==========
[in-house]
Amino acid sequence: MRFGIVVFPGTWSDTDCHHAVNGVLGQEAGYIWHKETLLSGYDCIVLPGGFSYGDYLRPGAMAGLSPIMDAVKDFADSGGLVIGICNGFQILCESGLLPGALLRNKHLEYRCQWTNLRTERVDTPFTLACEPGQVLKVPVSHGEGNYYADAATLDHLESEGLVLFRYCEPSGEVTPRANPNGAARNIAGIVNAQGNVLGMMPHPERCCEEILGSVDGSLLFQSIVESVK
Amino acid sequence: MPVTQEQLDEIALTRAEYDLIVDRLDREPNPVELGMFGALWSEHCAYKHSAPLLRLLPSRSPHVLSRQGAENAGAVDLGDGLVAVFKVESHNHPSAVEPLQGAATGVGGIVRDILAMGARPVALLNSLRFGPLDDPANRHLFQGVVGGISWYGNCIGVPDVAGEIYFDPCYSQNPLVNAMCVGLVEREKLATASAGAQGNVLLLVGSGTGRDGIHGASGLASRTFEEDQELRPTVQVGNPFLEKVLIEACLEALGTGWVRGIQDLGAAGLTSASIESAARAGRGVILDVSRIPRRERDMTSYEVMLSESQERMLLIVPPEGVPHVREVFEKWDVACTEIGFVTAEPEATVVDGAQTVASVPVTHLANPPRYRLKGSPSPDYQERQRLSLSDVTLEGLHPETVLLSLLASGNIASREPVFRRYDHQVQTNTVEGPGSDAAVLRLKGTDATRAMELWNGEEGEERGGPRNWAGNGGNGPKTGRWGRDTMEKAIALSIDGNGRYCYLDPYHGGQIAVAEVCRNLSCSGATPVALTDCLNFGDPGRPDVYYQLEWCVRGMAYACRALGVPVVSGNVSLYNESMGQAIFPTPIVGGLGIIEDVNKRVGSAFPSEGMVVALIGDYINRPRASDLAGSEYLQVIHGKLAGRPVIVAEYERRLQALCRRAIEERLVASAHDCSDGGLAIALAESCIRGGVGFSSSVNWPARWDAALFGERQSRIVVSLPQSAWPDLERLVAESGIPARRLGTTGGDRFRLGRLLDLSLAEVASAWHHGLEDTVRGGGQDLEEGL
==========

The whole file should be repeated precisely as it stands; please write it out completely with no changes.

[in-house]
Amino acid sequence: MRFGIVVFPGTWSDTDCHHAVNGVLGQEAGYIWHKETLLSGYDCIVLPGGFSYGDYLRPGAMAGLSPIMDAVKDFADSGGLVIGICNGFQILCESGLLPGALLRNKHLEYRCQWTNLRTERVDTPFTLACEPGQVLKVPVSHGEGNYYADAATLDHLESEGLVLFRYCEPSGEVTPRANPNGAARNIAGIVNAQGNVLGMMPHPERCCEEILGSVDGSLLFQSIVESVK
Amino acid sequence: MPVTQEQLDEIALTRAEYDLIVDRLDREPNPVELGMFGALWSEHCAYKHSAPLLRLLPSRSPHVLSRQGAENAGAVDLGDGLVAVFKVESHNHPSAVEPLQGAATGVGGIVRDILAMGARPVALLNSLRFGPLDDPANRHLFQGVVGGISWYGNCIGVPDVAGEIYFDPCYSQNPLVNAMCVGLVEREKLATASAGAQGNVLLLVGSGTGRDGIHGASGLASRTFEEDQELRPTVQVGNPFLEKVLIEACLEALGTGWVRGIQDLGAAGLTSASIESAARAGRGVILDVSRIPRRERDMTSYEVMLSESQERMLLIVPPEGVPHVREVFEKWDVACTEIGFVTAEPEATVVDGAQTVASVPVTHLANPPRYRLKGSPSPDYQERQRLSLSDVTLEGLHPETVLLSLLASGNIASREPVFRRYDHQVQTNTVEGPGSDAAVLRLKGTDATRAMELWNGEEGEERGGPRNWAGNGGNGPKTGRWGRDTMEKAIALSIDGNGRYCYLDPYHGGQIAVAEVCRNLSCSGATPVALTDCLNFGDPGRPDVYYQLEWCVRGMAYACRALGVPVVSGNVSLYNESMGQAIFPTPIVGGLGIIEDVNKRVGSAFPSEGMVVALIGDYINRPRASDLAGSEYLQVIHGKLAGRPVIVAEYERRLQALCRRAIEERLVASAHDCSDGGLAIALAESCIRGGVGFSSSVNWPARWDAALFGERQSRIVVSLPQSAWPDLERLVAESGIPARRLGTTGGDRFRLGRLLDLSLAEVASAWHHGLEDTVRGGGQDLEEGL